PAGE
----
1. You have "friends" without any real effort. Went to high school together? Friends. Joined a mom's group that met half a dozen times then flopped? Friends. I can spend all day with my kids and still have friends. In real life, you need to call and see each other.

2. Someone cares about my daily tasks, feelings, and emotions. And if they don't? They scroll right on by.

3. Likewise with photos. I now have something to do with my really cute digital images I am never going to print.

Cute, huh? Maybe I should post it to Facebook.

4. I actually find scrolling through statuses relaxing and a decent source of news (don't judge me). I click through and read some interesting stories and blog posts. Some people are funny, too.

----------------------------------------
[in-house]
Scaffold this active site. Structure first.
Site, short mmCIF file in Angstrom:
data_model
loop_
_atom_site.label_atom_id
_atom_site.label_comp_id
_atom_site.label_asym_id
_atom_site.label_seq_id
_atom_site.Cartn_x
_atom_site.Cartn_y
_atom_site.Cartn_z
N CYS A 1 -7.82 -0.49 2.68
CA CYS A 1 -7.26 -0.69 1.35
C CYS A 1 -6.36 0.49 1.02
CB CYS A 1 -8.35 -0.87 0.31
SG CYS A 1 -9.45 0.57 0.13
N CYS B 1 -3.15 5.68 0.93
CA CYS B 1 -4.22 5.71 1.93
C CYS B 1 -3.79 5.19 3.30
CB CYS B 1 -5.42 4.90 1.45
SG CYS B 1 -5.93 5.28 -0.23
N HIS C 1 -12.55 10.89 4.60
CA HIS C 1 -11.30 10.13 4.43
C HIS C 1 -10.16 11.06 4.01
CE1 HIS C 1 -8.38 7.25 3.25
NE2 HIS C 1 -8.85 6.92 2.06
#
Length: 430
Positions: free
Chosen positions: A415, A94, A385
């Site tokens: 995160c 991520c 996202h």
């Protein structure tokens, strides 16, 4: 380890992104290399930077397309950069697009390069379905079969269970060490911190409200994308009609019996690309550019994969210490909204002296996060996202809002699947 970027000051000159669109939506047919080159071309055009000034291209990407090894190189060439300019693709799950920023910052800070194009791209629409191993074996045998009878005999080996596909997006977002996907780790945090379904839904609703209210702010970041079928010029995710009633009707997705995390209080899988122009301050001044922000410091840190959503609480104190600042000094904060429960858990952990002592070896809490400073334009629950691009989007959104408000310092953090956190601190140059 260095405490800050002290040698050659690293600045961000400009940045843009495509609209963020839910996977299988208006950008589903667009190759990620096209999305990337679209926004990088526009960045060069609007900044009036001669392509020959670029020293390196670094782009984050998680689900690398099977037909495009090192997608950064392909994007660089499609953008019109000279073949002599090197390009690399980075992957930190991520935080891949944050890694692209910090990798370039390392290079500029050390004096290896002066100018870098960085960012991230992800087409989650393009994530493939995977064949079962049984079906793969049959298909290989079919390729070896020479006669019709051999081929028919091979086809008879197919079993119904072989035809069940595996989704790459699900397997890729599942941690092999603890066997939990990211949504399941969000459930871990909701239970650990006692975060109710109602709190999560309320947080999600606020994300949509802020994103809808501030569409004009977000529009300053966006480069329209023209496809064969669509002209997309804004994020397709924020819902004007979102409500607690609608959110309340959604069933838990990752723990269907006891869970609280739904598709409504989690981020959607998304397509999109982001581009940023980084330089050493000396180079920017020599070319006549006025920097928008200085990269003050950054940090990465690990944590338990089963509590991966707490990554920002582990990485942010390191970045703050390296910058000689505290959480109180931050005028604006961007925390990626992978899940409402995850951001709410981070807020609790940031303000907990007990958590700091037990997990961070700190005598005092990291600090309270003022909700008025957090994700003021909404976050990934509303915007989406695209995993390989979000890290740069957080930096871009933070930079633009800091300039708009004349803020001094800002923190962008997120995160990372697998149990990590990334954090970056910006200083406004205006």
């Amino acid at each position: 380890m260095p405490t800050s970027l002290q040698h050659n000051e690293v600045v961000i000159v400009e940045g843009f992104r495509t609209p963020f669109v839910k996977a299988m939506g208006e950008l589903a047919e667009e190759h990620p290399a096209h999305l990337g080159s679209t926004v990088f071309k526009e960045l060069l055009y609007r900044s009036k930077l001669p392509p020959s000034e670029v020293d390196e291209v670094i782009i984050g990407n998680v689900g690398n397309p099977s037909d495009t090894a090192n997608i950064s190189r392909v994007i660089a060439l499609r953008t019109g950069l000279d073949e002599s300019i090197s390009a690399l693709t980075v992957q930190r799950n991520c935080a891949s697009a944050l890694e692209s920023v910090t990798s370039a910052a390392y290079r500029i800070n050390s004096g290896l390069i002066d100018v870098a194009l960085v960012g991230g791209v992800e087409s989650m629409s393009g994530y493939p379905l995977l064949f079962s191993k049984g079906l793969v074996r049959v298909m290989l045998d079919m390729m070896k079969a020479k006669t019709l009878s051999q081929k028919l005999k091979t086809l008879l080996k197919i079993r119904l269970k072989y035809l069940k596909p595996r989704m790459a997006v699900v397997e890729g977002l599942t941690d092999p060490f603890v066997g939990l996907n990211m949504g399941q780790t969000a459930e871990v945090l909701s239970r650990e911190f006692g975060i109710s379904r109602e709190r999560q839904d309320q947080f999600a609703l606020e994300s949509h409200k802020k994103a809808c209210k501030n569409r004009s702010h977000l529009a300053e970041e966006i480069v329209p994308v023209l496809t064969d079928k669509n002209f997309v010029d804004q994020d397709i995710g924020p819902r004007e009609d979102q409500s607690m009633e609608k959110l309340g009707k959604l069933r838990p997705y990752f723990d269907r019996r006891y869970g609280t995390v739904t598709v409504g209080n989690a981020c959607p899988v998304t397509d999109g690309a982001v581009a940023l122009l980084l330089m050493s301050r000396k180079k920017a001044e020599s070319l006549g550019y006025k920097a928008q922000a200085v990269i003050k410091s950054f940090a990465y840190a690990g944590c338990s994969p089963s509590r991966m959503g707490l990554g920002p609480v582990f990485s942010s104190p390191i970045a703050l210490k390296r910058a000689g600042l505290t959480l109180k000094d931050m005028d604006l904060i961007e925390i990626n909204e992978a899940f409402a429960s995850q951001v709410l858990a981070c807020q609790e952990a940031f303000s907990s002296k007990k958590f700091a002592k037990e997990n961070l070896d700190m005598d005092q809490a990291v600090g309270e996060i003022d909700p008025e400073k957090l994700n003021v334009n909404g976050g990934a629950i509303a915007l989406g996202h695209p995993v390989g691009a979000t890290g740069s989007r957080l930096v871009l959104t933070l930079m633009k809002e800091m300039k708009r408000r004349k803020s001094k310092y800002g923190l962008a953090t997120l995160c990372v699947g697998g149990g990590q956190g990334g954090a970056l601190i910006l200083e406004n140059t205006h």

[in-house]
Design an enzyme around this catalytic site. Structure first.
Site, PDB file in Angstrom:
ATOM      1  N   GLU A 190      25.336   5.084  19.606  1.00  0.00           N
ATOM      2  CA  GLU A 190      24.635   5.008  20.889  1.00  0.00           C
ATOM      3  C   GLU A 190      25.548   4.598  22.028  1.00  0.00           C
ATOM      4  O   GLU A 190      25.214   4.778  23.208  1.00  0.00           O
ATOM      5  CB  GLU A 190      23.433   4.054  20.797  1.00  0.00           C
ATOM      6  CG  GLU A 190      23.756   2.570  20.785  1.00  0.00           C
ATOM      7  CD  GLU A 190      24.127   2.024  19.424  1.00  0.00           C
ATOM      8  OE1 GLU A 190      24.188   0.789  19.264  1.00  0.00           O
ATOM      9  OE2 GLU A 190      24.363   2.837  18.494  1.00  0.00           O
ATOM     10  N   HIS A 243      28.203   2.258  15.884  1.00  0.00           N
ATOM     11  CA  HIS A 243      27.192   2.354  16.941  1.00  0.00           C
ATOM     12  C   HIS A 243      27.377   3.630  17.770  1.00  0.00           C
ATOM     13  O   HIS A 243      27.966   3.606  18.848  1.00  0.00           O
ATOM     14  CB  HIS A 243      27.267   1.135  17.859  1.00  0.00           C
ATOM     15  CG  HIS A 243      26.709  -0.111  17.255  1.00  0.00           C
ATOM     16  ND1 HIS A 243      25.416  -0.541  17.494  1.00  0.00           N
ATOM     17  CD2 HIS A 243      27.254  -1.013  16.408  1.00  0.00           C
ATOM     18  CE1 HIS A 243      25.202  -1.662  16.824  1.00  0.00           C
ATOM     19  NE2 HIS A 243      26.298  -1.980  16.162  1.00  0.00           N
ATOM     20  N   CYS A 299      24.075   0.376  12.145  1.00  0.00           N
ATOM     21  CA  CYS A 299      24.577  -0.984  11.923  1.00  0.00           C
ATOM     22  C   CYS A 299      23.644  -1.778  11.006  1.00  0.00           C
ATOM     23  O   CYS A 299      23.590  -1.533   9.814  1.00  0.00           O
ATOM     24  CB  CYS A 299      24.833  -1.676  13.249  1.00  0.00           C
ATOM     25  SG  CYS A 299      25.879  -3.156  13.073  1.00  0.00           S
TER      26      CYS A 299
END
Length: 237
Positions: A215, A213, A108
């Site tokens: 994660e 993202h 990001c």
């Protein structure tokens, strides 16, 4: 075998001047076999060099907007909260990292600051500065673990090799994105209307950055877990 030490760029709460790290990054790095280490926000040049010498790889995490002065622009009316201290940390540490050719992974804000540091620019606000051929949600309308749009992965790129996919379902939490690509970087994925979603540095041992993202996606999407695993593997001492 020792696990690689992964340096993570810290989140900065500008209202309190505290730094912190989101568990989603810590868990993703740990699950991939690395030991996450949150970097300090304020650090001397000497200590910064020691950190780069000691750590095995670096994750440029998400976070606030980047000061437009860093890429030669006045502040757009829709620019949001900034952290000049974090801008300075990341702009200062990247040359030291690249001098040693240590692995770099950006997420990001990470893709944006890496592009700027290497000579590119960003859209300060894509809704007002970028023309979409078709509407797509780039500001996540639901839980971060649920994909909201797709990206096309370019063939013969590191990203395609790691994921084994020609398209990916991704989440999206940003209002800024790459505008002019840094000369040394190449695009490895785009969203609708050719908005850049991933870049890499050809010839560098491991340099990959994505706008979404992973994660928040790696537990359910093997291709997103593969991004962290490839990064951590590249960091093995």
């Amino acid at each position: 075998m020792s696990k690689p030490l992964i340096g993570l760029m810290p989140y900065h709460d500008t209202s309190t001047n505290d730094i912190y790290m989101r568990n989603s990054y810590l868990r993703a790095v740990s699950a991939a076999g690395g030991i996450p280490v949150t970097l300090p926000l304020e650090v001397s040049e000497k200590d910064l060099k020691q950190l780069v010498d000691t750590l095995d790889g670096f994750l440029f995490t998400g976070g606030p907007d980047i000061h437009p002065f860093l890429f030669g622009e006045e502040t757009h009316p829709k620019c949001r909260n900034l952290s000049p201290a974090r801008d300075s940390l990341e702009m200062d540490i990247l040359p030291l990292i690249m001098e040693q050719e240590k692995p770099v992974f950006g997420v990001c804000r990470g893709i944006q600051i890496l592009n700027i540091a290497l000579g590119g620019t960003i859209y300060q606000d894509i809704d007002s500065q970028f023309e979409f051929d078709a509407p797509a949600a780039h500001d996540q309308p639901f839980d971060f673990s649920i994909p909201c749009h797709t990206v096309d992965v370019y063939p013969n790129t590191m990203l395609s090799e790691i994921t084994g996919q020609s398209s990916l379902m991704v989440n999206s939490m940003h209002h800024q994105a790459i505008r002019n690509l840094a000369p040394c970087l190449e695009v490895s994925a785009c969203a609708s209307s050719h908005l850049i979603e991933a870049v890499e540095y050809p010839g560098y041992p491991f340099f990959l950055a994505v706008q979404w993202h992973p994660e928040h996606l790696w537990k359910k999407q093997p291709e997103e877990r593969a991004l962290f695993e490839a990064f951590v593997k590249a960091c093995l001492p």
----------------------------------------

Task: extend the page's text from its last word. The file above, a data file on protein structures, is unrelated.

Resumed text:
5. When I first got an account, I found it really neat to find all of the people I had connected with in the past, then lost. It's also fun to find some who you know the same as someone else but not through the same thing.

6. Birthdays! The first few were cool. Now I have stopped wishing everyone Happy Birthday and feel bad when I selectively post.

7. Life events. This is my actual favorite. I love reading about pregnancies, babies, marriages, moves, deaths, new jobs, etc. This was what made Facebook so interesting when I first joined.

That being said, what don't I like about Facebook? Why am I quitting, and why do people post they are quitting all the time?


1. It is organized funny and keeps choosing what to show me by what it thinks I want. So I scroll and click on what is interesting then an hour goes by with me having done nothing but read about someone's sandwich or kid's tooth and some blog posts or news articles.